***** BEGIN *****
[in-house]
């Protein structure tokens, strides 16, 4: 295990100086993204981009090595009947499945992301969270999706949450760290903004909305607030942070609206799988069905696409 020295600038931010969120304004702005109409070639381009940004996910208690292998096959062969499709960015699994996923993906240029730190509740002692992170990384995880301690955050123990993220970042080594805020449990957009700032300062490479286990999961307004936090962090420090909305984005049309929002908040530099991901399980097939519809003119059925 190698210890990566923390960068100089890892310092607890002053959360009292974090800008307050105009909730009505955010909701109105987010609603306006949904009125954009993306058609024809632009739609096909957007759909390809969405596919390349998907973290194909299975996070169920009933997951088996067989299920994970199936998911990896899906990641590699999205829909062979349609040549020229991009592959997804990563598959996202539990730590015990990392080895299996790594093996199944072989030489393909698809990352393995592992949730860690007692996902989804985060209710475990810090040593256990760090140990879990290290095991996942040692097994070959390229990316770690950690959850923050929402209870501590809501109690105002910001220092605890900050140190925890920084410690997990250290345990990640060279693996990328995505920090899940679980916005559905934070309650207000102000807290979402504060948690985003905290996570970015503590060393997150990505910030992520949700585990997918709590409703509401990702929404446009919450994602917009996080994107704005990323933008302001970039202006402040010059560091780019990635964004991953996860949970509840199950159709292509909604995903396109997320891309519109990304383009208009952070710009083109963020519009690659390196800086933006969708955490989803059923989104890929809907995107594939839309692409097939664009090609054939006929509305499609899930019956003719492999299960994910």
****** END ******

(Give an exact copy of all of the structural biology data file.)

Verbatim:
[in-house]
């Protein structure tokens, strides 16, 4: 295990100086993204981009090595009947499945992301969270999706949450760290903004909305607030942070609206799988069905696409 020295600038931010969120304004702005109409070639381009940004996910208690292998096959062969499709960015699994996923993906240029730190509740002692992170990384995880301690955050123990993220970042080594805020449990957009700032300062490479286990999961307004936090962090420090909305984005049309929002908040530099991901399980097939519809003119059925 190698210890990566923390960068100089890892310092607890002053959360009292974090800008307050105009909730009505955010909701109105987010609603306006949904009125954009993306058609024809632009739609096909957007759909390809969405596919390349998907973290194909299975996070169920009933997951088996067989299920994970199936998911990896899906990641590699999205829909062979349609040549020229991009592959997804990563598959996202539990730590015990990392080895299996790594093996199944072989030489393909698809990352393995592992949730860690007692996902989804985060209710475990810090040593256990760090140990879990290290095991996942040692097994070959390229990316770690950690959850923050929402209870501590809501109690105002910001220092605890900050140190925890920084410690997990250290345990990640060279693996990328995505920090899940679980916005559905934070309650207000102000807290979402504060948690985003905290996570970015503590060393997150990505910030992520949700585990997918709590409703509401990702929404446009919450994602917009996080994107704005990323933008302001970039202006402040010059560091780019990635964004991953996860949970509840199950159709292509909604995903396109997320891309519109990304383009208009952070710009083109963020519009690659390196800086933006969708955490989803059923989104890929809907995107594939839309692409097939664009090609054939006929509305499609899930019956003719492999299960994910």